Postmortem cerebrospinal fluid analysis in a general intensive care unit.
Correspondence Address: Source of Support: None, Conflict of Interest: None DOI: 10.4103/0972-5229.19685
Source of Support: None, Conflict of Interest: None
Background and Aim: Infection is a common problem in intensive care medicine and many patients are treated aggressively and empirically with broad-spectrum antibiotics. Meningitis may be missed in intensive care unit (ICU) because some of these patients have fever and altered mental status from another illness and may be treated with impression of sepsis. In order to identify undiagnosed meningitis in ICU admitted patients, postmortem CSF analysis was performed immediately after death. Subjects and Methods: During 1 year, 43 patients underwent lumbar puncture after death. Samples were collected and analysis for cells, sugar and protein concentrations were obtained. Demographic characteristics and diagnosis of the patients were recorded and data analysis was performed by SPSS version 11.5. Results: CSF was completely normal in 62.8% of the patients and it was compatible with meningitis in two of them. Both of them had admitted with impression of sepsis and had another source of infection. Considering a subgroup of the patients who admitted to ICU with impression of sepsis, they were statistically significant. There was no significant difference between surgical and nonsurgical patients. Conclusions: Our findings suggest that meningitis may be missed in ICUs, and more liberal use of CSF analysis should be considered in critically ill patients, especially those who referred with impression of sepsis.
Keywords: Cerebrospinal fluid, meningitis, critical care, missed diagnosis
The emergence of fever and mental status changes during the management of a critically ill patient is an extremely common and challenging problem. Many infectious and noninfectious etiologies should be considered in differential diagnosis of such patients. Early diagnosis and proper treatment is mandatory because most of these patients cannot withstand progression of a septic process.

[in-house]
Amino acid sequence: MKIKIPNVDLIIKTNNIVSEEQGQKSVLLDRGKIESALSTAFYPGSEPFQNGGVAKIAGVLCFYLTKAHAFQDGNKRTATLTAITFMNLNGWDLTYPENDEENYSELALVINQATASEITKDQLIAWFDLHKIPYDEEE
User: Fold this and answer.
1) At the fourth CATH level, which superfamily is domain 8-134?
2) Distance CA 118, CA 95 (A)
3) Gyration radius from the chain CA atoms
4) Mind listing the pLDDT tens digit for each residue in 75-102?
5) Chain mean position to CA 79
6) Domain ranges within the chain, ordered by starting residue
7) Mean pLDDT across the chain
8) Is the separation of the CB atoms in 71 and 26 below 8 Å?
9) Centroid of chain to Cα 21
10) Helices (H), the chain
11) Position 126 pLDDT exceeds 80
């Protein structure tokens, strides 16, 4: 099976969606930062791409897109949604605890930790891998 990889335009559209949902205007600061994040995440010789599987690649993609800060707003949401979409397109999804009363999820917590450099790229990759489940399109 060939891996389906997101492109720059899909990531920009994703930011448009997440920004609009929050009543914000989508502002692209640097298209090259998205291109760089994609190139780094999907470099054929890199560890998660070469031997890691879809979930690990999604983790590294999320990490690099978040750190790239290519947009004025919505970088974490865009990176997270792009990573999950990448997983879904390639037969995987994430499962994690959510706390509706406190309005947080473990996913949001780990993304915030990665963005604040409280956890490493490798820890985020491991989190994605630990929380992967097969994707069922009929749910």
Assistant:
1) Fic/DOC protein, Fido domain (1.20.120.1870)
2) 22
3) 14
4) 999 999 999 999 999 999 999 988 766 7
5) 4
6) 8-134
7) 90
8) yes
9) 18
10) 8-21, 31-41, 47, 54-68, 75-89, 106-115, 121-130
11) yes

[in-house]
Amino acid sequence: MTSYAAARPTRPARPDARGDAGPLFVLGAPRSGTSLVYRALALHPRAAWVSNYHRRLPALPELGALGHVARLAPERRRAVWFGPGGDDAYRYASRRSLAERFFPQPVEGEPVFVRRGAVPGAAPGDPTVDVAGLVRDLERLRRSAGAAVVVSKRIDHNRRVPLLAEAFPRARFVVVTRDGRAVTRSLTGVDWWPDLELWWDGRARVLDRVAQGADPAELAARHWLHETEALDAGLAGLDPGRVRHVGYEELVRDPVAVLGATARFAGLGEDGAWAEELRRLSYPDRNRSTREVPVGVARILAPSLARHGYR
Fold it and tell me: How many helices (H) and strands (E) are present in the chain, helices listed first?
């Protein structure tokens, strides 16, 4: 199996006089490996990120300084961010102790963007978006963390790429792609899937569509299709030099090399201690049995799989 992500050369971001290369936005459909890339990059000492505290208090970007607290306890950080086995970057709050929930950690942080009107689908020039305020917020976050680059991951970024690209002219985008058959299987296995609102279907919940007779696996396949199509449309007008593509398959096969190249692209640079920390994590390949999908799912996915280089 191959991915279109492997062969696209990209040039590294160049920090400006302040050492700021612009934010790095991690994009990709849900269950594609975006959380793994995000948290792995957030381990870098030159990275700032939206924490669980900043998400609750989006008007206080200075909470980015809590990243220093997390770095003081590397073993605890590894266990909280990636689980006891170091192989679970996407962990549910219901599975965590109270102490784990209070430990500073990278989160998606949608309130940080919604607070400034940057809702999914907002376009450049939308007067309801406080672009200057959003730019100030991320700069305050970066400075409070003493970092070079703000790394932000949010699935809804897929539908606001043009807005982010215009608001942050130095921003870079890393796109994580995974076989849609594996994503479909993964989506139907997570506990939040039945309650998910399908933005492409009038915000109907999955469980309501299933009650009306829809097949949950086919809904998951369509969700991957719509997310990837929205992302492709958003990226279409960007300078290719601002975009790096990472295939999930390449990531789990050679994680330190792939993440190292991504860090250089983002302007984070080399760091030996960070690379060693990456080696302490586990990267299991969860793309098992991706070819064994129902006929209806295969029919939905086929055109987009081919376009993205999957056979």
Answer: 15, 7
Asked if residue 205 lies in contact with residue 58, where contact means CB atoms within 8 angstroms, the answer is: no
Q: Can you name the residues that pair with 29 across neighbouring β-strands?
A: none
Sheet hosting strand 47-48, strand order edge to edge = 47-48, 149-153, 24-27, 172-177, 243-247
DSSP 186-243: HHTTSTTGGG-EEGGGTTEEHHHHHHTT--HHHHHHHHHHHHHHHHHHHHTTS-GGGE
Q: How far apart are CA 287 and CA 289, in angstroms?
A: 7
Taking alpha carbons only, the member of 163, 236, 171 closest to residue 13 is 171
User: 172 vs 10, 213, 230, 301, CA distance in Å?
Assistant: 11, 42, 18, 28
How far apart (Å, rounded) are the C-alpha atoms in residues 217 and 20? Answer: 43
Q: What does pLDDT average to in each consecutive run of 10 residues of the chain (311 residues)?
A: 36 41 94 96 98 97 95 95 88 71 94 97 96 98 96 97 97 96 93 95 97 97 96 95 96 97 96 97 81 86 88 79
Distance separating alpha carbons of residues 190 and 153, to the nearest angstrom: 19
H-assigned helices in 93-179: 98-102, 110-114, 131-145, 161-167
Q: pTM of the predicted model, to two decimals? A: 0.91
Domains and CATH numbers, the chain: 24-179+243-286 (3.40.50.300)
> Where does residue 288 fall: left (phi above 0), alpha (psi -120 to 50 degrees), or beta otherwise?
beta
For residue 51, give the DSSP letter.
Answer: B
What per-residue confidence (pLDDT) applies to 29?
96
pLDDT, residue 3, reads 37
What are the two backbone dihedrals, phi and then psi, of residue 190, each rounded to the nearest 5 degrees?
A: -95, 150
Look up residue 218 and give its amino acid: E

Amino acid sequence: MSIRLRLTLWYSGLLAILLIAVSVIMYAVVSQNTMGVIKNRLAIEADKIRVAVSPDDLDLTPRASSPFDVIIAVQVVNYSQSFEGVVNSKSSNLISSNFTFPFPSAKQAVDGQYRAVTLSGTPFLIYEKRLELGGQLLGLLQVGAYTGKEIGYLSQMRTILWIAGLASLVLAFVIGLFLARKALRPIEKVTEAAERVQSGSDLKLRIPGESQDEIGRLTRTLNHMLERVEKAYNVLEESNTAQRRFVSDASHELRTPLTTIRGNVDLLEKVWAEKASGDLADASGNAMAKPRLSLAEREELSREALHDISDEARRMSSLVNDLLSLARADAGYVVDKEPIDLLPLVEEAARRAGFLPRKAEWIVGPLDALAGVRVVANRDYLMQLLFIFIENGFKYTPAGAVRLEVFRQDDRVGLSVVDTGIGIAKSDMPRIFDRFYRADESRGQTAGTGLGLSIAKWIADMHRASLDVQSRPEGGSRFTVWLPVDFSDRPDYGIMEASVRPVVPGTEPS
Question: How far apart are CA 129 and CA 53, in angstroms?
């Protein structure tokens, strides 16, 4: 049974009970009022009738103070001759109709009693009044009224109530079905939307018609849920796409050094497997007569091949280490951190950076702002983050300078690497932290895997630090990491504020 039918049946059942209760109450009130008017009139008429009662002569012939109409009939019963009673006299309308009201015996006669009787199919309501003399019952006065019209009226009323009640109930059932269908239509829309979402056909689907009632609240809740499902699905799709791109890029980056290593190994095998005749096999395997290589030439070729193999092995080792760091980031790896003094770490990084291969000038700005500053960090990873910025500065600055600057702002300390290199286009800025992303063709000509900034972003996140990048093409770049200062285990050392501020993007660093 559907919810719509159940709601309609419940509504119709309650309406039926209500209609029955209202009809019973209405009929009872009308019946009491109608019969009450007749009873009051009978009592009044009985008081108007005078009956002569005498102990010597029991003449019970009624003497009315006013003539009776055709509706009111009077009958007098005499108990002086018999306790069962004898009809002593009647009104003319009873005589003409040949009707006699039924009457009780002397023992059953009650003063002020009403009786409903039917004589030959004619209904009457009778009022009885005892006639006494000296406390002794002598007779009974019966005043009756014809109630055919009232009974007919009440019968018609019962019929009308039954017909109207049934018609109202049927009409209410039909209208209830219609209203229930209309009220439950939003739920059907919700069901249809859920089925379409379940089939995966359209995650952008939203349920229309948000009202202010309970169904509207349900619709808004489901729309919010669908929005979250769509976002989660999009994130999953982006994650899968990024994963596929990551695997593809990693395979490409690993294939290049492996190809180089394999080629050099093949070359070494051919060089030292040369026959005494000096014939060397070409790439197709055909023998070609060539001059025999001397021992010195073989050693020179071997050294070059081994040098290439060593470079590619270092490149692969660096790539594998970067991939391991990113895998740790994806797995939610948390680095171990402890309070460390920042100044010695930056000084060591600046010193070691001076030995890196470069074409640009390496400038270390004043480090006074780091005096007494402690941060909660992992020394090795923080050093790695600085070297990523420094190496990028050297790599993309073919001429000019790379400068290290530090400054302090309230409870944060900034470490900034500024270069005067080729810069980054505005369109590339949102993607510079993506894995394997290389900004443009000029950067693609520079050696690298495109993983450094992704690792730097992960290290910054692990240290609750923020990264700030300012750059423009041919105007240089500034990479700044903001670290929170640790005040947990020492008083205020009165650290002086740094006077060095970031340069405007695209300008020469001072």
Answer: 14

Inadequate antimicrobial treatment of infections among patients requiring intensive care is an independent determinant of hospital mortality. Meningitis is one of the causes of fever and mental status changes in patients admitted in intensive care units (ICUs) and may be easily missed because of another underlying illness. Moreover, in some cases requiring ICU care, lumbar puncture is contraindicated because of increased intracranial pressure, for example, patients with intracerebral hemorrhage or brain tumor. Such cases are usually treated with broad-spectrum empirical antibiotics.
This study was performed to identify undiagnosed meningitis with cerebrospinal fluid (CSF) examination immediately after death.
This prospective study was performed in the Sina Hospital, a major teaching hospital of Tehran University of Medical Sciences, from June 2003 to June 2004. During this study all patients who deceased 72 h after admission in ICU underwent lumbar puncture immediately after death. CSF analysis for total and differential white blood cells, red blood cells, and protein and glucose concentrations were performed. A sample for CSF culture was sent too.
Meningitis was defined as CSF white-blood-cell (WBC) counts of greater than 5 cells/ml, decreased glucose, and increased protein concentrations. Demographic parameters such as age, sex, reason of ICU admission, length of ICU stay, cause of death, type of antibiotics receiving during admission, physical findings such as fever and neck stiffness, and past medical history were recorded for each patient. An informed consent was obtained from the family before doing lumbar puncture and those who did not have consent from the family were excluded from the study.